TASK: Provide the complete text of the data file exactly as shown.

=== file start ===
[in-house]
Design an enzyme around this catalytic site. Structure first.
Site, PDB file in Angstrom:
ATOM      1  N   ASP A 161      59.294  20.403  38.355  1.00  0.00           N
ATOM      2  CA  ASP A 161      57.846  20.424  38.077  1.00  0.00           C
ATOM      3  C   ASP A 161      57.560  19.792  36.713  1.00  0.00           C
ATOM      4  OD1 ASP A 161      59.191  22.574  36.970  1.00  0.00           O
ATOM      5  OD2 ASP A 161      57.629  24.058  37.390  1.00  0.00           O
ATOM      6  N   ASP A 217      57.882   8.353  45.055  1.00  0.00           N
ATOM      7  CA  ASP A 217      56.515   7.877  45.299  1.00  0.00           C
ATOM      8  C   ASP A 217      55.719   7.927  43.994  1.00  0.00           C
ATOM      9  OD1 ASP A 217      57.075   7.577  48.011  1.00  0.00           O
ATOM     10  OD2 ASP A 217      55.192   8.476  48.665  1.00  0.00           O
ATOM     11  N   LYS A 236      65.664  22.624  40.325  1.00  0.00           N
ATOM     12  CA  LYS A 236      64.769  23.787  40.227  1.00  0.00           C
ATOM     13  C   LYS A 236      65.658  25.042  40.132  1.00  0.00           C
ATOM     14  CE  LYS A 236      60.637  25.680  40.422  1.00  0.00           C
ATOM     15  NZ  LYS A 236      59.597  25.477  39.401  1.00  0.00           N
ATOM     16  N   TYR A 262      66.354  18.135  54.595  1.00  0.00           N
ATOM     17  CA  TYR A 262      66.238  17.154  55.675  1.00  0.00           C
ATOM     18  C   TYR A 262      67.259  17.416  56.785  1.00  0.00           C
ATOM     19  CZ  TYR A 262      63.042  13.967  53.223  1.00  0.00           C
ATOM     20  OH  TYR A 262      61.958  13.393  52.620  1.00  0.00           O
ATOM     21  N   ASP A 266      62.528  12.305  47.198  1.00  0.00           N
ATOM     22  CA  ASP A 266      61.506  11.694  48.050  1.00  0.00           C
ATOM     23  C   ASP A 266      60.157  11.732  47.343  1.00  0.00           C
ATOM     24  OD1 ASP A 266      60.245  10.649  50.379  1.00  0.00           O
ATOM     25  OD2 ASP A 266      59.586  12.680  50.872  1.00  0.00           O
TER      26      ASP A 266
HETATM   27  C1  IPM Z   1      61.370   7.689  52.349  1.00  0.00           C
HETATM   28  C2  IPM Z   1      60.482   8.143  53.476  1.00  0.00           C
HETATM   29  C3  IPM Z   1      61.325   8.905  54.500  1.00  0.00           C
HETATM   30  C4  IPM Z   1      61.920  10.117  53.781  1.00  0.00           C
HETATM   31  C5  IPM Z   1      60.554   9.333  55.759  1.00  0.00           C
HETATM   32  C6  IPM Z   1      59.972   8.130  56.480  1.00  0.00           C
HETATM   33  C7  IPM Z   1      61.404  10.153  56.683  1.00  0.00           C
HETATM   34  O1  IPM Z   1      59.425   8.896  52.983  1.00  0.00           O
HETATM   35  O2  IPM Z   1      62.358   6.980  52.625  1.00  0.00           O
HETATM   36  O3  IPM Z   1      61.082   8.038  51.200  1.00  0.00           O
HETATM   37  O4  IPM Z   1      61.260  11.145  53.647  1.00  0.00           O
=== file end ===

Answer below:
[in-house]
Design an enzyme around this catalytic site. Structure first.
Site, PDB file in Angstrom:
ATOM      1  N   ASP A 161      59.294  20.403  38.355  1.00  0.00           N
ATOM      2  CA  ASP A 161      57.846  20.424  38.077  1.00  0.00           C
ATOM      3  C   ASP A 161      57.560  19.792  36.713  1.00  0.00           C
ATOM      4  OD1 ASP A 161      59.191  22.574  36.970  1.00  0.00           O
ATOM      5  OD2 ASP A 161      57.629  24.058  37.390  1.00  0.00           O
ATOM      6  N   ASP A 217      57.882   8.353  45.055  1.00  0.00           N
ATOM      7  CA  ASP A 217      56.515   7.877  45.299  1.00  0.00           C
ATOM      8  C   ASP A 217      55.719   7.927  43.994  1.00  0.00           C
ATOM      9  OD1 ASP A 217      57.075   7.577  48.011  1.00  0.00           O
ATOM     10  OD2 ASP A 217      55.192   8.476  48.665  1.00  0.00           O
ATOM     11  N   LYS A 236      65.664  22.624  40.325  1.00  0.00           N
ATOM     12  CA  LYS A 236      64.769  23.787  40.227  1.00  0.00           C
ATOM     13  C   LYS A 236      65.658  25.042  40.132  1.00  0.00           C
ATOM     14  CE  LYS A 236      60.637  25.680  40.422  1.00  0.00           C
ATOM     15  NZ  LYS A 236      59.597  25.477  39.401  1.00  0.00           N
ATOM     16  N   TYR A 262      66.354  18.135  54.595  1.00  0.00           N
ATOM     17  CA  TYR A 262      66.238  17.154  55.675  1.00  0.00           C
ATOM     18  C   TYR A 262      67.259  17.416  56.785  1.00  0.00           C
ATOM     19  CZ  TYR A 262      63.042  13.967  53.223  1.00  0.00           C
ATOM     20  OH  TYR A 262      61.958  13.393  52.620  1.00  0.00           O
ATOM     21  N   ASP A 266      62.528  12.305  47.198  1.00  0.00           N
ATOM     22  CA  ASP A 266      61.506  11.694  48.050  1.00  0.00           C
ATOM     23  C   ASP A 266      60.157  11.732  47.343  1.00  0.00           C
ATOM     24  OD1 ASP A 266      60.245  10.649  50.379  1.00  0.00           O
ATOM     25  OD2 ASP A 266      59.586  12.680  50.872  1.00  0.00           O
TER      26      ASP A 266
HETATM   27  C1  IPM Z   1      61.370   7.689  52.349  1.00  0.00           C
HETATM   28  C2  IPM Z   1      60.482   8.143  53.476  1.00  0.00           C
HETATM   29  C3  IPM Z   1      61.325   8.905  54.500  1.00  0.00           C
HETATM   30  C4  IPM Z   1      61.920  10.117  53.781  1.00  0.00           C
HETATM   31  C5  IPM Z   1      60.554   9.333  55.759  1.00  0.00           C
HETATM   32  C6  IPM Z   1      59.972   8.130  56.480  1.00  0.00           C
HETATM   33  C7  IPM Z   1      61.404  10.153  56.683  1.00  0.00           C
HETATM   34  O1  IPM Z   1      59.425   8.896  52.983  1.00  0.00           O
HETATM   35  O2  IPM Z   1      62.358   6.980  52.625  1.00  0.00           O
HETATM   36  O3  IPM Z   1      61.082   8.038  51.200  1.00  0.00           O
HETATM   37  O4  IPM Z   1      61.260  11.145  53.647  1.00  0.00           O